Ahhh----*the sound of me sitting back and relaxing for a moment*. My dear friend Charlotte came over for the day and helped me can my pears from the Bosc tree in the backyard...and they are BEAUTIFUL! The rest I will be making into dried slices, freezing, and pear butter. YUM. It was a great opportunity to teach Charlotte her first lesson in canning, and was really easy. It became quite apparent to her that it was definitely do-able and easier than she expected-plus it was great in that she could just have the kids bring their schoolwork with them while she helped! In return, we gave her some of the jars of newly canned Bosc pears to take home and devour;-)
My sweet little son is sleeping on our bed as I am getting to blog and check for updates on everything! We had a lovely storm last night that has littered every square inch of our deck and yard with leaves and twigs....and I am so excited because the earlier the sun goes down, the sooner I get to light my candles and grin and sing Celtic lullabies to Eoin while I make dinner.
The past two days I have been experimenting with bread recipes...trying to find a nutritious yet light and fluffy bread that you can grill and make sandwiches with, etc. I believe I have found it! Here is the recipe;)
• 1/2 cup warm water
• 3 (.25 ounce) packages active dry yeast
• 1/4 cup bread flour (or reg. all-purpose flour)
• 1 tablespoon white sugar (or raw honey)
• 2 cups quick cooking oats (or regular rolled oats)
• 1 cup whole wheat flour
• ½ cup ground flax seed
• ½ cup raw wheat germ
• 4 1/2 cups warm water
• 1 1/2 tablespoons salt
• 2/3 cup brown sugar (or honey or white sugar)
• 2/3 cup vegetable oil
• 8-10 cups bread flour (or white wheat, etc.)
1. In the mixing bowl of an electric mixer, stir together 1/2 cup warm water, 1 tablespoon sugar, 1/4 cup bread flour, and yeast. Let grow for about 5 minutes. It will bubble almost immediately.
2. Measure oats, 4 1/2 cups warm water, 1 cup whole wheat flour, ½ cup flax seed, ½ cup wheat germ, 1 1/2 tbsp. salt, 2/3 cup sugar (or honey), and 2/3 cup oil into the mixing bowl. Mix on low speed with a dough hook for 1 to 2 minutes. Increase speed slightly, and begin adding bread flour 1/2 to 1 cup at a time until dough pulls away from sides of bowl. Humidity determines how much flour you need before the bread pulls away from the edge of the bowl. It is normal for the dough to be sticky.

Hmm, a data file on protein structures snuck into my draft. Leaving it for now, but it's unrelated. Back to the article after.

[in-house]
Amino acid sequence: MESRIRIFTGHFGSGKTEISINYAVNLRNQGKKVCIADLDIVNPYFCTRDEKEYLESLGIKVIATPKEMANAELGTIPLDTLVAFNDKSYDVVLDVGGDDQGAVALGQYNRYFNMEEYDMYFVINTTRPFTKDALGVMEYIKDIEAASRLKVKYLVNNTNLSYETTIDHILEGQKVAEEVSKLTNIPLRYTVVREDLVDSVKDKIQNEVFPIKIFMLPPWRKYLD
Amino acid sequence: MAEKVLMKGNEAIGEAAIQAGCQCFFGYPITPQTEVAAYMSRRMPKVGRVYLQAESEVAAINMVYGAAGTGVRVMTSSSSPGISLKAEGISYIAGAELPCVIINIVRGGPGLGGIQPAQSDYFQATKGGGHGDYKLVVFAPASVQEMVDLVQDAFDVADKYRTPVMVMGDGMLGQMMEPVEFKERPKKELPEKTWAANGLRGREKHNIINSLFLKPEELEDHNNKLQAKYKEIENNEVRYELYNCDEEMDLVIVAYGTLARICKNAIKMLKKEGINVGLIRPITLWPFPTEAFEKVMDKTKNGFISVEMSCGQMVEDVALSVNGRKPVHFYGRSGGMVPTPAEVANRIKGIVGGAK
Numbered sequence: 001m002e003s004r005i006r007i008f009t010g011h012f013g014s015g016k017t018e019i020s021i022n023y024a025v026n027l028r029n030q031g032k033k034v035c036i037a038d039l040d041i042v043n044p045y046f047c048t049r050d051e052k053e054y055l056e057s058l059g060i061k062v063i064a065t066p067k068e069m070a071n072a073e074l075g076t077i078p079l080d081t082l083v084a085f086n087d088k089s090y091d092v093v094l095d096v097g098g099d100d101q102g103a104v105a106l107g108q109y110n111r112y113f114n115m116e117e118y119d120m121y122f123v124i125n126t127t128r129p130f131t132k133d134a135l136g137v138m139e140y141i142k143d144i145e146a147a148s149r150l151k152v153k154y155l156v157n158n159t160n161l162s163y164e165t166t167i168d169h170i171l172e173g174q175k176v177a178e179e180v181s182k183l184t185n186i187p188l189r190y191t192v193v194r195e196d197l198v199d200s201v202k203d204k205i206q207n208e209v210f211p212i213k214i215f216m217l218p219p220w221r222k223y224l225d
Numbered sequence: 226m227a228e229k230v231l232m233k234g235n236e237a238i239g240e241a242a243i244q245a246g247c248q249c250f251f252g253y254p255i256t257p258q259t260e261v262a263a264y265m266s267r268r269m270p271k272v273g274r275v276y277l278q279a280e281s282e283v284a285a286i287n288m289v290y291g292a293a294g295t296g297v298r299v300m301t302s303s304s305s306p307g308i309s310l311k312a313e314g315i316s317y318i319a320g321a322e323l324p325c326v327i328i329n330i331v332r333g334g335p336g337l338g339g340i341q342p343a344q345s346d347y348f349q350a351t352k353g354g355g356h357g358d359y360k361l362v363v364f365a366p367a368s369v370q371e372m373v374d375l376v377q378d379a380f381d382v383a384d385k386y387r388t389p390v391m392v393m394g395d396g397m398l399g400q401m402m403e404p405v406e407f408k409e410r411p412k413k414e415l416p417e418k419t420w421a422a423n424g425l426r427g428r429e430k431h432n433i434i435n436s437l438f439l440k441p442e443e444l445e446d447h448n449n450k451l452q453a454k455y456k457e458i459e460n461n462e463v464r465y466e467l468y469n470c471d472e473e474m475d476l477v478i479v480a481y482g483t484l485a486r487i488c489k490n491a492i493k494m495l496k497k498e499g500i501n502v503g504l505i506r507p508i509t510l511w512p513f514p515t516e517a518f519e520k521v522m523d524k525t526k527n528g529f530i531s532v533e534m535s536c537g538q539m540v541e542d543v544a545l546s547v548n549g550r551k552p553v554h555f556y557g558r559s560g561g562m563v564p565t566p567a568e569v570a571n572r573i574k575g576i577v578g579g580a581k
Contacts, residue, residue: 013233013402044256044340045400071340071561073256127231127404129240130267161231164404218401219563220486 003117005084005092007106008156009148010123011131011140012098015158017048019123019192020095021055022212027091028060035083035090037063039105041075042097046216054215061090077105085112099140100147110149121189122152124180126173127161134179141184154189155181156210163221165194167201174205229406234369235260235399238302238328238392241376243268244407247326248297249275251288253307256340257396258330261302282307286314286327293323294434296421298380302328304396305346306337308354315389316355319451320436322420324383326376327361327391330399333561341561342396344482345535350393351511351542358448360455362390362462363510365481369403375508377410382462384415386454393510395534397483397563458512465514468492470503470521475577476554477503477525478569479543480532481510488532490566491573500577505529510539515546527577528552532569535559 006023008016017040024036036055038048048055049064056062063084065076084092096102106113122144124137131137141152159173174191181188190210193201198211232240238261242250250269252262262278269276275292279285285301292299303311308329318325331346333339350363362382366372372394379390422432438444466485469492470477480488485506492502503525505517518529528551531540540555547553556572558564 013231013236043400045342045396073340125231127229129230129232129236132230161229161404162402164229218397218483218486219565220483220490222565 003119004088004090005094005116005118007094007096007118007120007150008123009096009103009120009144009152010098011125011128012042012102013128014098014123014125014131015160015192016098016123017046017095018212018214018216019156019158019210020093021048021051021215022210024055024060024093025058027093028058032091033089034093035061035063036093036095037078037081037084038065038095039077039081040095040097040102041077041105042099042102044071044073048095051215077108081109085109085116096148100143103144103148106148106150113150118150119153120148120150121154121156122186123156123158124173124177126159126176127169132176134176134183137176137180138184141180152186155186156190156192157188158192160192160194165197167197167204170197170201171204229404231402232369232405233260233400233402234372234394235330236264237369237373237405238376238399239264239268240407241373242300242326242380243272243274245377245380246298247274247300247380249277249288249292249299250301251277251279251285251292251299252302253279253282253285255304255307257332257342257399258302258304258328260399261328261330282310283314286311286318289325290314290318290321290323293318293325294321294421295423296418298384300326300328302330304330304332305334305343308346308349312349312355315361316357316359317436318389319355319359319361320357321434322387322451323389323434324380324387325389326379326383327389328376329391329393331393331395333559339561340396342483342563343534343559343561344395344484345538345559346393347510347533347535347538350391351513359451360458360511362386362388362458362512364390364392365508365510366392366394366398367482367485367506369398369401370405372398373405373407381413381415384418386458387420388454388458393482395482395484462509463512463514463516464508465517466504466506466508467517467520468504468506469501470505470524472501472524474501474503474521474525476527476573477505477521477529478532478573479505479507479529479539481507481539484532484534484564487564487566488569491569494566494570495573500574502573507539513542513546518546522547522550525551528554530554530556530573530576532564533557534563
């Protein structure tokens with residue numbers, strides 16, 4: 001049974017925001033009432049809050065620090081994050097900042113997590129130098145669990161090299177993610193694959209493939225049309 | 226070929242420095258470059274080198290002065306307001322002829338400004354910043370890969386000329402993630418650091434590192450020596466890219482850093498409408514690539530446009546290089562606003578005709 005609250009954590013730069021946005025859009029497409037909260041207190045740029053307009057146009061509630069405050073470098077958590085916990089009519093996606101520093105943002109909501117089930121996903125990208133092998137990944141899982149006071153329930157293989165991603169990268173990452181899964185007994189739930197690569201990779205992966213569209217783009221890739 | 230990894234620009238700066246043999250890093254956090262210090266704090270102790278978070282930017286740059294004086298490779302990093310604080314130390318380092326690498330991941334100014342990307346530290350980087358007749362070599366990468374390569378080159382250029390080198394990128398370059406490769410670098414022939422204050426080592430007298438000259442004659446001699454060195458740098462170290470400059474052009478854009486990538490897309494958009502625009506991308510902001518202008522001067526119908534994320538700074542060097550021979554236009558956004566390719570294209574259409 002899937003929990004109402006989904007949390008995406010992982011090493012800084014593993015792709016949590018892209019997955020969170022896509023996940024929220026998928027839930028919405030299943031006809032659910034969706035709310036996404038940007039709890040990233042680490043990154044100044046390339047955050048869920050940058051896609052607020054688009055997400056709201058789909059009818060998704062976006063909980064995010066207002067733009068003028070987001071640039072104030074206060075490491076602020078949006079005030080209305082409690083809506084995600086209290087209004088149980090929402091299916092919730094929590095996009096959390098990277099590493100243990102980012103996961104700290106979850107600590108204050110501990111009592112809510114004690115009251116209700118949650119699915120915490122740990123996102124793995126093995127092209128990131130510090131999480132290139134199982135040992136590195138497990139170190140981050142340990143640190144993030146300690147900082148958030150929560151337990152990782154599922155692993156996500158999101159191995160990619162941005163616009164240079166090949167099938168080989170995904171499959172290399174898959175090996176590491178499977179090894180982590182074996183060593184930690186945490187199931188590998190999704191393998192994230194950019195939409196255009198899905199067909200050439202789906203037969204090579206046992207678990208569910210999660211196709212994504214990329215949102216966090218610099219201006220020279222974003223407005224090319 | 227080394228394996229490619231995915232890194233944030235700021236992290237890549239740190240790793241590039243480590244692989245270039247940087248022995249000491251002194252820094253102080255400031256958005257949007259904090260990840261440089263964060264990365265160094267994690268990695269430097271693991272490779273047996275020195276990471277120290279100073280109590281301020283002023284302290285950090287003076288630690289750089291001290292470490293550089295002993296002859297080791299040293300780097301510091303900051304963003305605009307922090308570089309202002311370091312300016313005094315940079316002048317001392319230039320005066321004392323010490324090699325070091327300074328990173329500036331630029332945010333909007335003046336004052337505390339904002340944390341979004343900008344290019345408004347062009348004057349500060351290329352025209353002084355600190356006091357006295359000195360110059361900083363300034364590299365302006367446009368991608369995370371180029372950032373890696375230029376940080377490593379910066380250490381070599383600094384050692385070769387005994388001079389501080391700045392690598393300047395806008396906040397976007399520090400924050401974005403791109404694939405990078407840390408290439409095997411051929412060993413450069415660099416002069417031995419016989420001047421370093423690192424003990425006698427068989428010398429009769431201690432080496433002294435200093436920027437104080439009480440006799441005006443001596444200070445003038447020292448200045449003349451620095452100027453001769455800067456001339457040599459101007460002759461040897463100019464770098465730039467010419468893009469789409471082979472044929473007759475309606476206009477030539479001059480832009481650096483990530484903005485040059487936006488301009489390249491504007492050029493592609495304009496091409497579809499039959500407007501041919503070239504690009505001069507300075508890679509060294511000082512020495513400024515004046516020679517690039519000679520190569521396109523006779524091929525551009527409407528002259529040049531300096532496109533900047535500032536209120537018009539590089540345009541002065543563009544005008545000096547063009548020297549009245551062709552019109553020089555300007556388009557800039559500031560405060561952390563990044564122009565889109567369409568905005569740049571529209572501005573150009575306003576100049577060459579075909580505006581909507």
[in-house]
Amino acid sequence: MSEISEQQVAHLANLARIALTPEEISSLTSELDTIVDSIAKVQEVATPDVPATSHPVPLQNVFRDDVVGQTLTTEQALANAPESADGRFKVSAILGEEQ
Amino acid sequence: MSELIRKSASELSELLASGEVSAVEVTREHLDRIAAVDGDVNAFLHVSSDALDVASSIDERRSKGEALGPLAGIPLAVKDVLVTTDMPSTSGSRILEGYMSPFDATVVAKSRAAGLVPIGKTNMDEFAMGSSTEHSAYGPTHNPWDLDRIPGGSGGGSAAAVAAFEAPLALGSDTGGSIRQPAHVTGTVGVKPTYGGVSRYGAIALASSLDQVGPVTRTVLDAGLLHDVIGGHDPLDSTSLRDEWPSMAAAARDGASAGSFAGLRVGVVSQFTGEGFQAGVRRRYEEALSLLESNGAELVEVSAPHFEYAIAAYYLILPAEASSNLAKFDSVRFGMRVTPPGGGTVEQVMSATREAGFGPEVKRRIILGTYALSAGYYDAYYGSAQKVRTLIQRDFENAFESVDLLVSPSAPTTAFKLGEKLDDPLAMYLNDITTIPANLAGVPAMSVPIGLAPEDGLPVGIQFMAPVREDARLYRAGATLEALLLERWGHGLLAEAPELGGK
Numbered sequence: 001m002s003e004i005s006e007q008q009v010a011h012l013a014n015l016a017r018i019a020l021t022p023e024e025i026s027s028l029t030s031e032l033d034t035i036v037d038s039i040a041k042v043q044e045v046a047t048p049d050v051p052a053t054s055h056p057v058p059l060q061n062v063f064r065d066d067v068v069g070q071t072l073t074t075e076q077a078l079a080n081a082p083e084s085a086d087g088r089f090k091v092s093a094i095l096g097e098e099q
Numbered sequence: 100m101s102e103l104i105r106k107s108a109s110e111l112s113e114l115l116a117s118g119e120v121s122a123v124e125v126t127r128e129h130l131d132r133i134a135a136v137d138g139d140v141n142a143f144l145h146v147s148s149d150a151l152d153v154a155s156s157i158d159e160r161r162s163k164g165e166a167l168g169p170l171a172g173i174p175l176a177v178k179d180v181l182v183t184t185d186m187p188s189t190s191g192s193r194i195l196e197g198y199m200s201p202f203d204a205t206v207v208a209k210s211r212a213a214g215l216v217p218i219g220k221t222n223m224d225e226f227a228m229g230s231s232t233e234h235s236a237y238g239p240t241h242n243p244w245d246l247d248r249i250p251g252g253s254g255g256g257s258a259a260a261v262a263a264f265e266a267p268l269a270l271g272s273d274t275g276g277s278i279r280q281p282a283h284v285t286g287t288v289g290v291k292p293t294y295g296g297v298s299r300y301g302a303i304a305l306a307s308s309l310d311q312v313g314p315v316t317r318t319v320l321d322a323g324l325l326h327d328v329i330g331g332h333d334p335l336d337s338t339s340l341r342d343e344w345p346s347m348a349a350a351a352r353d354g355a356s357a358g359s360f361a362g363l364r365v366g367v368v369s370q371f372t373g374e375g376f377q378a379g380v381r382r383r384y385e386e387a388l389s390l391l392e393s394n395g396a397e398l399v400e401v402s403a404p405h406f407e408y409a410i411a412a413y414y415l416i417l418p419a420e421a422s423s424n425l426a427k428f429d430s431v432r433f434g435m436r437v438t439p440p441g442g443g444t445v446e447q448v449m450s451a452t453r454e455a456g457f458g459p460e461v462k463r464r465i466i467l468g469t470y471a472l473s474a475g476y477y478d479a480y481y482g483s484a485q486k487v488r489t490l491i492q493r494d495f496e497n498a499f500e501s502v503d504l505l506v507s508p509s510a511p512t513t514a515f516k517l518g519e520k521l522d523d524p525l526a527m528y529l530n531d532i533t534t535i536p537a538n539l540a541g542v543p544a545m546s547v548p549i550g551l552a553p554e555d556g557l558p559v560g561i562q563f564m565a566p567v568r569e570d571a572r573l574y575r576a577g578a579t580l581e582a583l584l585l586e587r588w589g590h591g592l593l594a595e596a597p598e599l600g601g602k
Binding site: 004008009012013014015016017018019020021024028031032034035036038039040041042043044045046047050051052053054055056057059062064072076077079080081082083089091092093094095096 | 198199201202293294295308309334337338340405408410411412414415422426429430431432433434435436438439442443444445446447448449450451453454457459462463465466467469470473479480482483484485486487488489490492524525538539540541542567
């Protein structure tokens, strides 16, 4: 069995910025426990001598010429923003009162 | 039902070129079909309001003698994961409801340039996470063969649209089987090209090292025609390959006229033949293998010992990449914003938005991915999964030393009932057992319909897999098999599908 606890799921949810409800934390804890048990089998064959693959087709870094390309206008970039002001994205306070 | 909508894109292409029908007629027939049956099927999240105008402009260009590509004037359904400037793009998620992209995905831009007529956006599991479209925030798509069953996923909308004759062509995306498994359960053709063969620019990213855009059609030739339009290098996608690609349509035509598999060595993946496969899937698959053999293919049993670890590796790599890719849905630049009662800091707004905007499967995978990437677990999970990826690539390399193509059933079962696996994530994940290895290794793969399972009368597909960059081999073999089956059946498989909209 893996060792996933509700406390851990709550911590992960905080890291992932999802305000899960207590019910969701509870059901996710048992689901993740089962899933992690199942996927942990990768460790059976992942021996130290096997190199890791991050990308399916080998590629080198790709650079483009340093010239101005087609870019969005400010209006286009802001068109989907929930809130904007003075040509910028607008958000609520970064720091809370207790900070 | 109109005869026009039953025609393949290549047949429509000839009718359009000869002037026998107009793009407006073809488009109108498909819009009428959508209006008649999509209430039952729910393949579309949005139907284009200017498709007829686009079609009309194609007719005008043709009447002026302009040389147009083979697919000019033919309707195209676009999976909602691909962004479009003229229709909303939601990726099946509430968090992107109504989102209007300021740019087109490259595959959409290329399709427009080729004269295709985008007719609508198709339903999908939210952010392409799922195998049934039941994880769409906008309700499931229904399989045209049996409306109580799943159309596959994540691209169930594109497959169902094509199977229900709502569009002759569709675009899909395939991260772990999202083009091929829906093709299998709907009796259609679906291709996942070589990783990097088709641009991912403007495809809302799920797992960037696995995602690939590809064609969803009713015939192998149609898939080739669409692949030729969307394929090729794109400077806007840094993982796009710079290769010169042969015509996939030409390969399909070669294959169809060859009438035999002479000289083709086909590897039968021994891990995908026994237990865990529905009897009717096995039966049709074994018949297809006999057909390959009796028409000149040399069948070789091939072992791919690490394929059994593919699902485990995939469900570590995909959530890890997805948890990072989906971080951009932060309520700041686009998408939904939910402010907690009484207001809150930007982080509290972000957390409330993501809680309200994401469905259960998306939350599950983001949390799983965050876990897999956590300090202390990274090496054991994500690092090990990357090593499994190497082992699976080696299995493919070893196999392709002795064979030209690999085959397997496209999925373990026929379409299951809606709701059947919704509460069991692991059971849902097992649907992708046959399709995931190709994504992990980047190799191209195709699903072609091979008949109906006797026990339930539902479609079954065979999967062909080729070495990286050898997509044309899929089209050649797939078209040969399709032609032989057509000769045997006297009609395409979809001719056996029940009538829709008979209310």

3. Turn out onto lightly floured surface and knead just until smooth and elastic.
4. Place dough in an oiled bowl, and turn to coat the surface. Cover with a damp cloth. Let rise in a warm spot for 1 hour, or until doubled in size.
5. Divide dough into 4-6 pieces. Shape loaves, and place in greased 8 x 4 inch pans. Let rise until dough is 1 inch above rim of pans, usually 1 hour.
6. Bake at 350 degrees F ( 175 degrees C) for 35 minutes, or until tops are browned. Let cool in pans for 10 minutes, and then turn out onto wire racks to cool completely.
*If you don’t want to cook all 4-6 loaves, then you can freeze the dough after it’s divided. Wrap in cellophane and put in a freezer Ziploc. Can be kept up to 3 months. When ready to use just take out and let it thaw naturally in a lightly greased bowl and rise. Will take the yeast longer to proof, but it will rise!
Pumpkin recipes soon to come! I'm working on modifying a few because I'm a cheese monger and I put cheese with most everything...so I am working on trying to LESSEN that, seeing as how not everything MUST have it. Ha. Blessings to you all this fine autumn day!